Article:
Toulouse has a temperate climate, with temperatures varying as the seasons change. The hottest months are from June to August, when temperatures are usually in the 20s. This is a popular time to visit Toulouse, as the warmth kicks in and people take advantage of this by spending most of their holiday outdoors.
November through March are the coldest and rainiest months, with temperatures on average in the single digits, although March can see temperatures increase to around 14 degrees. Due to the weather, this time is less popular in terms of tourism and flights are cheaper. Therefore, if you’re looking to save money on your trip, this could be a good time to look. Although this may be the low season, the Christmas and New Year period can still see lots of people travelling to Toulouse. If you wish to join in the festive spirit, be sure to head to the famous Place du Capitole, where the Christmas market is held every December. Browse the many stalls, while sampling traditional grilled chestnuts and sipping on a warm mulled wine.
Whatever month you plan to fly to Toulouse, you’re sure to come across one of the many events and festivals which take place in the city. One such example is the Toulouse Summer Festival, which showcases a diverse programme from classical to rock and jazz to worldwide music. The event takes place in a variety of venues, from July to August.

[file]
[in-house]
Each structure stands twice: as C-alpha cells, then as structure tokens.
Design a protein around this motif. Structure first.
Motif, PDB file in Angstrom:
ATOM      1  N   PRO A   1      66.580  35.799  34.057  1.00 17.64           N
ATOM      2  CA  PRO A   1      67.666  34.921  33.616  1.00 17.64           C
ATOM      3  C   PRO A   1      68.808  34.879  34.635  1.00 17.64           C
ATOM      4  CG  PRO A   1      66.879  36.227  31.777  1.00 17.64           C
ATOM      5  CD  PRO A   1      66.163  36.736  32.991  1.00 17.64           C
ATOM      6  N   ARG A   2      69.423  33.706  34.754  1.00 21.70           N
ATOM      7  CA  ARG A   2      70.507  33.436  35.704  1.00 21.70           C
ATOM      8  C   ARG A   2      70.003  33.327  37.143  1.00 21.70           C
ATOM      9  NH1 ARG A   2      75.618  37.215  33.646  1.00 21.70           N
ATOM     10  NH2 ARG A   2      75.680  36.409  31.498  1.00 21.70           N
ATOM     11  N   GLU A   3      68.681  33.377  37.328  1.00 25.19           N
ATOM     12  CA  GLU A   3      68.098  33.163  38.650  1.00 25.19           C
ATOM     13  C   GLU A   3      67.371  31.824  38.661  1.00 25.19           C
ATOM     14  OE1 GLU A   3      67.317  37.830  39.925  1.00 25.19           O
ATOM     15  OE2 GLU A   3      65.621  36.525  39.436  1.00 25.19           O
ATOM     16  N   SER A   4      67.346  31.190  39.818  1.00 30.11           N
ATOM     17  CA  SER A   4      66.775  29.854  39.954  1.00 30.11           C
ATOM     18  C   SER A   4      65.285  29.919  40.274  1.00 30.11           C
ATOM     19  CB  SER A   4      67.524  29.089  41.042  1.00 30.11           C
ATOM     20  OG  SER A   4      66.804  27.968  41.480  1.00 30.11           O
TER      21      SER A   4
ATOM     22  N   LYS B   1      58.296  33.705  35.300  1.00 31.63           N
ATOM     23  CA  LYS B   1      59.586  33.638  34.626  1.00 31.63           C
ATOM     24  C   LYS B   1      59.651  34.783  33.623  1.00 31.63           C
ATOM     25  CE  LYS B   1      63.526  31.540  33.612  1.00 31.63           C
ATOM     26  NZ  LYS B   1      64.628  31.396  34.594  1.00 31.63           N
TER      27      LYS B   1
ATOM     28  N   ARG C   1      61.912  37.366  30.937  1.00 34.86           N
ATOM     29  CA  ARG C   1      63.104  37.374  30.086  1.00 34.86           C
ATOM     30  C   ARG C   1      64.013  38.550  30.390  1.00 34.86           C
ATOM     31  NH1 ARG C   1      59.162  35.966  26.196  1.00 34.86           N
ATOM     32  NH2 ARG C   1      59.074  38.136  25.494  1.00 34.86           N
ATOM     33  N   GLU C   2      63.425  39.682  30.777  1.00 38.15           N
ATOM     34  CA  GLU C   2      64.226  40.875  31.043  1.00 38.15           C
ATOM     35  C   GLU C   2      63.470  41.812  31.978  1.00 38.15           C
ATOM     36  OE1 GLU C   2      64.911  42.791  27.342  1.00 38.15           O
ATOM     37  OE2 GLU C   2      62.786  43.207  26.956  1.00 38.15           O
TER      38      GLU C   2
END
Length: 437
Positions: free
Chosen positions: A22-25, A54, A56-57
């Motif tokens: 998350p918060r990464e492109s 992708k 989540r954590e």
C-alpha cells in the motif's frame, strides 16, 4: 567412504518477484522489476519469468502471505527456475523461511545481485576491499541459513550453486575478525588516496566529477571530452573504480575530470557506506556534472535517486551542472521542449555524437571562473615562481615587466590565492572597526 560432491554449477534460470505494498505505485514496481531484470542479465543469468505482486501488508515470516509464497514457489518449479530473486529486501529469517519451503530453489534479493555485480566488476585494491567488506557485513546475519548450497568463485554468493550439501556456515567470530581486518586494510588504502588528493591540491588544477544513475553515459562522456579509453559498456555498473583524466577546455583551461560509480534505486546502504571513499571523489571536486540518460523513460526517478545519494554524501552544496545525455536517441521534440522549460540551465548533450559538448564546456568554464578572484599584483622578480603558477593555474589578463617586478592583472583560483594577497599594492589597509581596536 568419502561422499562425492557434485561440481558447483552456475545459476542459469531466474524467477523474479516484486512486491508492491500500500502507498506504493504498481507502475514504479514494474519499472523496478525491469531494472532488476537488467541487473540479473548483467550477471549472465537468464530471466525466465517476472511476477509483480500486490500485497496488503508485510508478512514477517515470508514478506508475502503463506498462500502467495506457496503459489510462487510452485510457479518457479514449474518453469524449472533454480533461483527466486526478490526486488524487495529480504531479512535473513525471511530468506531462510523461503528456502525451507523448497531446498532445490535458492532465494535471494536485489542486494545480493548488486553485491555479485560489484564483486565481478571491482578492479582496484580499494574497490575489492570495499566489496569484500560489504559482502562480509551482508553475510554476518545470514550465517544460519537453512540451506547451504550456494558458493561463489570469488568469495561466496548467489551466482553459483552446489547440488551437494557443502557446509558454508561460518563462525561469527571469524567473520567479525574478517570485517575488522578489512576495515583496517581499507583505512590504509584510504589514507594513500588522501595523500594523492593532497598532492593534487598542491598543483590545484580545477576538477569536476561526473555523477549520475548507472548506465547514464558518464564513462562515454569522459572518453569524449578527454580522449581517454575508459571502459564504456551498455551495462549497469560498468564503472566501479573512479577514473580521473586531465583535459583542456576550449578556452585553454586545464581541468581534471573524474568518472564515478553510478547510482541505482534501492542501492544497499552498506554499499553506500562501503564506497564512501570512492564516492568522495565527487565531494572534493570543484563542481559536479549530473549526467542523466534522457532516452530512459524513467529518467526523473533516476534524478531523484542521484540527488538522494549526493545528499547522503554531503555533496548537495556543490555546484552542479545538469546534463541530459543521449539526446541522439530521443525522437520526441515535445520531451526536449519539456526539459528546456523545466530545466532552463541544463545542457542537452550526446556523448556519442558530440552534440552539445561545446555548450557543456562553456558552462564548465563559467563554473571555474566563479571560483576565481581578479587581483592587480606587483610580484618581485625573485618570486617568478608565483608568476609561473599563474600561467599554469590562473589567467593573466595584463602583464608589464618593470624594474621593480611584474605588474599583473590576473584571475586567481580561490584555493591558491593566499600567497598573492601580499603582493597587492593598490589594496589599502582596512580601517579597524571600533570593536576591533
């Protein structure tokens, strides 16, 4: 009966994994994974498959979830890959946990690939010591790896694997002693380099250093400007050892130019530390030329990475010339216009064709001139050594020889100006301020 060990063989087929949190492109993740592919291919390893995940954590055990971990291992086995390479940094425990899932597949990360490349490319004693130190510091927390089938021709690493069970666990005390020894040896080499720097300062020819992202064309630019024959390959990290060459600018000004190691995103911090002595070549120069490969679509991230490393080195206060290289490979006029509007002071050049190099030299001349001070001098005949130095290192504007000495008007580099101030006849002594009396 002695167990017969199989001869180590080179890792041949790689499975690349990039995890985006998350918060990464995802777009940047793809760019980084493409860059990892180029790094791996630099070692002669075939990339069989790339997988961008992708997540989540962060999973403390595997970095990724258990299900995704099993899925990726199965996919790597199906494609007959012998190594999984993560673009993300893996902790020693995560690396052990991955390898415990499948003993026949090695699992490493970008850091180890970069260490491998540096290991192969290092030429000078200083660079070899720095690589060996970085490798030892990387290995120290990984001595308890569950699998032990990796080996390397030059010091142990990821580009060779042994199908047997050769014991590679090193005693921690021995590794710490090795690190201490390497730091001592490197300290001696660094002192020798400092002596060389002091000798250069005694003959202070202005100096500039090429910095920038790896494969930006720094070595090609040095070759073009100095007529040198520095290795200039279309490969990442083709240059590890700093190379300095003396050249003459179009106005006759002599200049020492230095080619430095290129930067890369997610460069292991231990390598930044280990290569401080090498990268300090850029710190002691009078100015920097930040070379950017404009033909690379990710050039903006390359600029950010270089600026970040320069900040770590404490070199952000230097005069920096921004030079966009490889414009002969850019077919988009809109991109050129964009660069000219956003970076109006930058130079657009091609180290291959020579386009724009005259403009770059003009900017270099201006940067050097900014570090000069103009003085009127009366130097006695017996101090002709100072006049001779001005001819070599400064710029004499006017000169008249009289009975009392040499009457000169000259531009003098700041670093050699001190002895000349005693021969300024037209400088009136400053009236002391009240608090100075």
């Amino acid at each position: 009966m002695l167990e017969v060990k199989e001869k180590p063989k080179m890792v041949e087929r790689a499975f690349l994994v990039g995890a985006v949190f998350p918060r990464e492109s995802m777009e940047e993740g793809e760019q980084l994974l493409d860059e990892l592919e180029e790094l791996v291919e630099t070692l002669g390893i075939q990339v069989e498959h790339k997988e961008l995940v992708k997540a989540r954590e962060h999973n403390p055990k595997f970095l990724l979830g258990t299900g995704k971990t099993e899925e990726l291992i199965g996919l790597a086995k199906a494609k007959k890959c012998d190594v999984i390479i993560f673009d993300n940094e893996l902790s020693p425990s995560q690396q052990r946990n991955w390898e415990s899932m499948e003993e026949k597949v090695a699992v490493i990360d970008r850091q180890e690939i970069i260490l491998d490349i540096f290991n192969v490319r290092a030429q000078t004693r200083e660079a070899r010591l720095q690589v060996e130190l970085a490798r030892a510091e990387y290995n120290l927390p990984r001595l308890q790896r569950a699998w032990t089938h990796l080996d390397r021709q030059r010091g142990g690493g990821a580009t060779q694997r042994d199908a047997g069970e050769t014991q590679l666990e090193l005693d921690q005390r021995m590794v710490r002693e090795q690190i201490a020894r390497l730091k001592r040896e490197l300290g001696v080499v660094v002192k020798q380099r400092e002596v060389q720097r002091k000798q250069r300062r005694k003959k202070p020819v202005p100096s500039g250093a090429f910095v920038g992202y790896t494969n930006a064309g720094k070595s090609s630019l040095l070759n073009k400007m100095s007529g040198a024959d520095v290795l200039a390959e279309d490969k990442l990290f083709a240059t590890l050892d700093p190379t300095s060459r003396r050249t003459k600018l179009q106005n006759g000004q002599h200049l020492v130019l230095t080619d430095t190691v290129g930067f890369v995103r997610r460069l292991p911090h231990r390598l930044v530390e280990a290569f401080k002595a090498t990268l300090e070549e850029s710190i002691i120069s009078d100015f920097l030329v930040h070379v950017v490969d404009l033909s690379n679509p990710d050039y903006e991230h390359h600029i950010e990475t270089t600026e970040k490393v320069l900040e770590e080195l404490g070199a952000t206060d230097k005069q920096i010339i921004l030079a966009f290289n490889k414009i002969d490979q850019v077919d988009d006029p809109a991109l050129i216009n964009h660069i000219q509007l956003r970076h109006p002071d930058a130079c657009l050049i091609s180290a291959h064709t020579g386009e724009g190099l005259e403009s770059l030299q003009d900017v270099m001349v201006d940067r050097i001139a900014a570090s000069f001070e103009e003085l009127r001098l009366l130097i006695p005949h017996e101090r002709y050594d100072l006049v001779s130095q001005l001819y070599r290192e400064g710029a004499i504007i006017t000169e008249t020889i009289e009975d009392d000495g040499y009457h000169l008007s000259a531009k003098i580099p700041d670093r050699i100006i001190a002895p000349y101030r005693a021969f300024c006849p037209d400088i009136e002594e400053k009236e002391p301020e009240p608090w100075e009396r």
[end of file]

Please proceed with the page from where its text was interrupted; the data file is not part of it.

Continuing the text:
Toulouse appeals to all five senses: between the colours and textures of bright flowers, the scent and taste of local fare, and the sounds of the French language, you’ll be overcome by a rush of influence. Its location between the Atlantic and the Mediterranean and its role as the gateway to the Pyrenees mountain range is just another one of its outstanding features. The old capital of Languedoc, France’s fourth largest city, and the metropolis known as “La Ville en Rose” (City in Pink) keeps tourists flooding Toulouse time after time.
Aside from the many attractive tourist sites, Toulouse is also known for its proficiency in the aero-space industry. The Toulouse Space Centre is headquartered here, driving in companies such as the Airbus and Aerospatiale. Steeped in aviation history, Toulouse is both the landmark of the first regular airline taking off of French soil, and also the birthplace of Clement Adler, the ‘Father of Aviation’. Despite its progression in the sky, Toulouse somehow managed to miss the Industrial Revolution of the 19th century, and has since been known as a sleepy, historical town balanced by universities and growth. Throughout the area are more than 300 different types of organs awaiting your arrival during the Annual Organ Festival.
Toulouse has an extensive public transport network of buses, tramways and metro. There is also an abundance of taxi companies available. If you would rather hire a car, bear in mind that downtown area tends to be very busy and parking could be tricky – it might be better to rent a bicycle and explore the city at ease.
The majority of travellers to Toulouse will arrive at Toulouse-Glagnac Airport (TLS), which is located just over 4 miles (6 km) northwest of the city.